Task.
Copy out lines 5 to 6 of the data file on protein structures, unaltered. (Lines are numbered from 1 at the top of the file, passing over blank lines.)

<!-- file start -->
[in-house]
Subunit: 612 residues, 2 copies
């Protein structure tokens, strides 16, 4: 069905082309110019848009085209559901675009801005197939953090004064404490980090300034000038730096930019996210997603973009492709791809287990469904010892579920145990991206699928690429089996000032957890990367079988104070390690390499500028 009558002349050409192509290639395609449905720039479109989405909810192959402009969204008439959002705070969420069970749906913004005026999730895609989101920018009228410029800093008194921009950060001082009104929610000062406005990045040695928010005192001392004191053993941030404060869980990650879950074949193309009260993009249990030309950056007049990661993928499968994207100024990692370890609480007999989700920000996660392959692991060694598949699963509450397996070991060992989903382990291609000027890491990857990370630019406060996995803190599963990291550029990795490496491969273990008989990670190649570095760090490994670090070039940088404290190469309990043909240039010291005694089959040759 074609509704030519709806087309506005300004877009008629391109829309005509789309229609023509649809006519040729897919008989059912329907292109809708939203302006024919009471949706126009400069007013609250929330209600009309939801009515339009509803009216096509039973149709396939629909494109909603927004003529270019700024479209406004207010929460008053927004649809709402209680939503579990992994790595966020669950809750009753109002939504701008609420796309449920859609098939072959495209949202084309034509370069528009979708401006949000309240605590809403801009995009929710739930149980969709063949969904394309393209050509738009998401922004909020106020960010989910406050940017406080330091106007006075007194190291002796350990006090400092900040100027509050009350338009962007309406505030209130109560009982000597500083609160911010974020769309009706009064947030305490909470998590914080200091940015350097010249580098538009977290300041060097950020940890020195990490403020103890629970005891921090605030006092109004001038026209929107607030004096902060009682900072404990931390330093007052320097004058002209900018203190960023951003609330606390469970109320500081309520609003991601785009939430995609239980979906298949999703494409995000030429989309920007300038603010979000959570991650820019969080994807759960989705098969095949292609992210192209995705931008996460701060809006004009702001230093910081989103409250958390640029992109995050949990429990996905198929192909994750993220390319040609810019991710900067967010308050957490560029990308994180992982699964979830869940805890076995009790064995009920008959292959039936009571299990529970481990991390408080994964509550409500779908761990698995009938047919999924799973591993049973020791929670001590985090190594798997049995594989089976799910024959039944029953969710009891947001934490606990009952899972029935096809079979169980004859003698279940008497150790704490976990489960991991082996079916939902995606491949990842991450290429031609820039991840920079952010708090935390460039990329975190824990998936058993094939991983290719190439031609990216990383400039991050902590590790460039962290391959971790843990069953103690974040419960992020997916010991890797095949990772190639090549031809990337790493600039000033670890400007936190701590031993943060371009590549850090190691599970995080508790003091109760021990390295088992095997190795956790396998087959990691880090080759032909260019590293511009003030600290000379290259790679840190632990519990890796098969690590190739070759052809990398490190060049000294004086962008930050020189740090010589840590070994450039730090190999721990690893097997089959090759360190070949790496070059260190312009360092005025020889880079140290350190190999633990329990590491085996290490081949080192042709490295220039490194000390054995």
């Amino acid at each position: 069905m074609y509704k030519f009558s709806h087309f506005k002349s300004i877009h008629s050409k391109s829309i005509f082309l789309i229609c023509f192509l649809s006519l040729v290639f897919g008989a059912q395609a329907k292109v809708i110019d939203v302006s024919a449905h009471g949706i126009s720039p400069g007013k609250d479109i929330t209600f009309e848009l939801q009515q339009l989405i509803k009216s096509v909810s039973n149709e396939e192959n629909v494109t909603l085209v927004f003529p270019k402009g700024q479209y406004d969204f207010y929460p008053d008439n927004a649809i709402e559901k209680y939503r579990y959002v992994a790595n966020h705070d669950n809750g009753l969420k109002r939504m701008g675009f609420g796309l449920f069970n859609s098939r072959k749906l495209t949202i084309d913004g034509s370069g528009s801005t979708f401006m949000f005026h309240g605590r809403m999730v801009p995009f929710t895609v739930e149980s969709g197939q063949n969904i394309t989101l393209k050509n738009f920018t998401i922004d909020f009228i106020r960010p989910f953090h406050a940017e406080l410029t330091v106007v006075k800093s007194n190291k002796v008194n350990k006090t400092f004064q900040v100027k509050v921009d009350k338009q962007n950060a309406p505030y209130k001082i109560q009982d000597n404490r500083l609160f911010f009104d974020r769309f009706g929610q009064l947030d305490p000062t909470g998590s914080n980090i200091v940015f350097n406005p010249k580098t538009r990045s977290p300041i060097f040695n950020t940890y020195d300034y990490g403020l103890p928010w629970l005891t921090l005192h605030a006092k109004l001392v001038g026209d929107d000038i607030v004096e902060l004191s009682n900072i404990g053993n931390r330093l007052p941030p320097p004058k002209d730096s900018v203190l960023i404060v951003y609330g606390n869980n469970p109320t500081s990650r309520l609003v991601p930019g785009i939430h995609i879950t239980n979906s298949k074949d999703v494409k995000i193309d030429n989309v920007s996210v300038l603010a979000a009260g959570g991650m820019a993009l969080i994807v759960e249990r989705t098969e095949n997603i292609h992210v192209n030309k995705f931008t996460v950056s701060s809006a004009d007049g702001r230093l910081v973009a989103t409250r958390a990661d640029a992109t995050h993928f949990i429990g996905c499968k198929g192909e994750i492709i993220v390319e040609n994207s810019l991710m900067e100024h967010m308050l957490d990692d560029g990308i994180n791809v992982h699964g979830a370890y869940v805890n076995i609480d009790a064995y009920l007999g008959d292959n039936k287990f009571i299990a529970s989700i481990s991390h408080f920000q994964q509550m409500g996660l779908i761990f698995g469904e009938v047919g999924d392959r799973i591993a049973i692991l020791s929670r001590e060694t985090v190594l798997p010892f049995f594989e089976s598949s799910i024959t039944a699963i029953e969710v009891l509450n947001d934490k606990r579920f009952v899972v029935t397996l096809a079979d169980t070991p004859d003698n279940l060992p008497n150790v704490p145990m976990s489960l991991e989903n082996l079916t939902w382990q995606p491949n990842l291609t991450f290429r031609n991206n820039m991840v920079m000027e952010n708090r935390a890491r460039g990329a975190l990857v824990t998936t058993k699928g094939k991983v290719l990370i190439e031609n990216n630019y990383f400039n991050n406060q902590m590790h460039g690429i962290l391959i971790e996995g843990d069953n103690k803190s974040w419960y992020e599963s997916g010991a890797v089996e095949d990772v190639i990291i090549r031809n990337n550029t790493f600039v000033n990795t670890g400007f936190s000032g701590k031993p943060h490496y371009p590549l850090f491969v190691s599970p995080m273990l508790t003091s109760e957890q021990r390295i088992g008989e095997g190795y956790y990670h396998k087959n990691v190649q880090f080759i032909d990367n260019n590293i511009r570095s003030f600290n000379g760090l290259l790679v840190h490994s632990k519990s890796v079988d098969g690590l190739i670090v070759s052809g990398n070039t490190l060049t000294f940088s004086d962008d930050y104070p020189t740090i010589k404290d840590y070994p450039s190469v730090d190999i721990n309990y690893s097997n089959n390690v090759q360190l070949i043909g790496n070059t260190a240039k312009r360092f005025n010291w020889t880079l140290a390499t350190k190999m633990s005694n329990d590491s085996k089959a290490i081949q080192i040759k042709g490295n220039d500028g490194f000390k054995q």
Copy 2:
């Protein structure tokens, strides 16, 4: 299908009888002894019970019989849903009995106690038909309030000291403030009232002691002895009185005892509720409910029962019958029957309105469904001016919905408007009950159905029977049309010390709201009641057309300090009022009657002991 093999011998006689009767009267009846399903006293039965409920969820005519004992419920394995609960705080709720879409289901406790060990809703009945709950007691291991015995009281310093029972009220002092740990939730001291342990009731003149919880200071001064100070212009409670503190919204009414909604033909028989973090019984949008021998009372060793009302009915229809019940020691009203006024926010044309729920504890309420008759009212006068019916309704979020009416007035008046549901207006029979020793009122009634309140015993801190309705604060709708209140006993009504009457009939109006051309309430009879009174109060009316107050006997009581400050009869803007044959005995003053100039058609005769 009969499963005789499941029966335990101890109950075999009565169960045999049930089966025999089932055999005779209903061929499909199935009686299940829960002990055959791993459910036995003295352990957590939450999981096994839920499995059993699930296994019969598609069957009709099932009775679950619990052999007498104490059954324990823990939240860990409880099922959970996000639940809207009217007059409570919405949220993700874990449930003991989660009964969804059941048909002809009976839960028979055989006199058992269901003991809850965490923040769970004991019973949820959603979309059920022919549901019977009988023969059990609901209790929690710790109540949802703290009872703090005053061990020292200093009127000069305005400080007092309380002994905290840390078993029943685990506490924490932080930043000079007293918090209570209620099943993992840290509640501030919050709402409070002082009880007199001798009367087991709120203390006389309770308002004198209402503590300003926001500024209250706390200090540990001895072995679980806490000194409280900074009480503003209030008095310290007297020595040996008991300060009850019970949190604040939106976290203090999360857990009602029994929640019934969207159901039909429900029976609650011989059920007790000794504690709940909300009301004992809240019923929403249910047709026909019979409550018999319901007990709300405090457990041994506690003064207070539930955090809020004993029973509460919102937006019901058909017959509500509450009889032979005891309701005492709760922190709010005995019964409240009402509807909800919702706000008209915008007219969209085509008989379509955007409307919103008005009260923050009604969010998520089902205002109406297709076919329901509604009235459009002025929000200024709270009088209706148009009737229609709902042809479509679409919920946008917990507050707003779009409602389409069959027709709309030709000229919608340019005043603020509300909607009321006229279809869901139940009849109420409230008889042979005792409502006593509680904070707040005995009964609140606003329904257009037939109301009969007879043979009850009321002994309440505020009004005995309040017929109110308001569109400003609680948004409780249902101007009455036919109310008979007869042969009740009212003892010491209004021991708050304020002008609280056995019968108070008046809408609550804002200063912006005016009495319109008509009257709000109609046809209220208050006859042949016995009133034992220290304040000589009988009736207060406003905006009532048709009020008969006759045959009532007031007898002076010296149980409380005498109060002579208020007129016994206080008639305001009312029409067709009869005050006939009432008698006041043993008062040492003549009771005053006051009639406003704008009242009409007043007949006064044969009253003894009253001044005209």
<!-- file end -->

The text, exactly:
Copy 2:
């Protein structure tokens, strides 16, 4: 299908009888002894019970019989849903009995106690038909309030000291403030009232002691002895009185005892509720409910029962019958029957309105469904001016919905408007009950159905029977049309010390709201009641057309300090009022009657002991 093999011998006689009767009267009846399903006293039965409920969820005519004992419920394995609960705080709720879409289901406790060990809703009945709950007691291991015995009281310093029972009220002092740990939730001291342990009731003149919880200071001064100070212009409670503190919204009414909604033909028989973090019984949008021998009372060793009302009915229809019940020691009203006024926010044309729920504890309420008759009212006068019916309704979020009416007035008046549901207006029979020793009122009634309140015993801190309705604060709708209140006993009504009457009939109006051309309430009879009174109060009316107050006997009581400050009869803007044959005995003053100039058609005769 009969499963005789499941029966335990101890109950075999009565169960045999049930089966025999089932055999005779209903061929499909199935009686299940829960002990055959791993459910036995003295352990957590939450999981096994839920499995059993699930296994019969598609069957009709099932009775679950619990052999007498104490059954324990823990939240860990409880099922959970996000639940809207009217007059409570919405949220993700874990449930003991989660009964969804059941048909002809009976839960028979055989006199058992269901003991809850965490923040769970004991019973949820959603979309059920022919549901019977009988023969059990609901209790929690710790109540949802703290009872703090005053061990020292200093009127000069305005400080007092309380002994905290840390078993029943685990506490924490932080930043000079007293918090209570209620099943993992840290509640501030919050709402409070002082009880007199001798009367087991709120203390006389309770308002004198209402503590300003926001500024209250706390200090540990001895072995679980806490000194409280900074009480503003209030008095310290007297020595040996008991300060009850019970949190604040939106976290203090999360857990009602029994929640019934969207159901039909429900029976609650011989059920007790000794504690709940909300009301004992809240019923929403249910047709026909019979409550018999319901007990709300405090457990041994506690003064207070539930955090809020004993029973509460919102937006019901058909017959509500509450009889032979005891309701005492709760922190709010005995019964409240009402509807909800919702706000008209915008007219969209085509008989379509955007409307919103008005009260923050009604969010998520089902205002109406297709076919329901509604009235459009002025929000200024709270009088209706148009009737229609709902042809479509679409919920946008917990507050707003779009409602389409069959027709709309030709000229919608340019005043603020509300909607009321006229279809869901139940009849109420409230008889042979005792409502006593509680904070707040005995009964609140606003329904257009037939109301009969007879043979009850009321002994309440505020009004005995309040017929109110308001569109400003609680948004409780249902101007009455036919109310008979007869042969009740009212003892010491209004021991708050304020002008609280056995019968108070008046809408609550804002200063912006005016009495319109008509009257709000109609046809209220208050006859042949016995009133034992220290304040000589009988009736207060406003905006009532048709009020008969006759045959009532007031007898002076010296149980409380005498109060002579208020007129016994206080008639305001009312029409067709009869005050006939009432008698006041043993008062040492003549009771005053006051009639406003704008009242009409007043007949006064044969009253003894009253001044005209």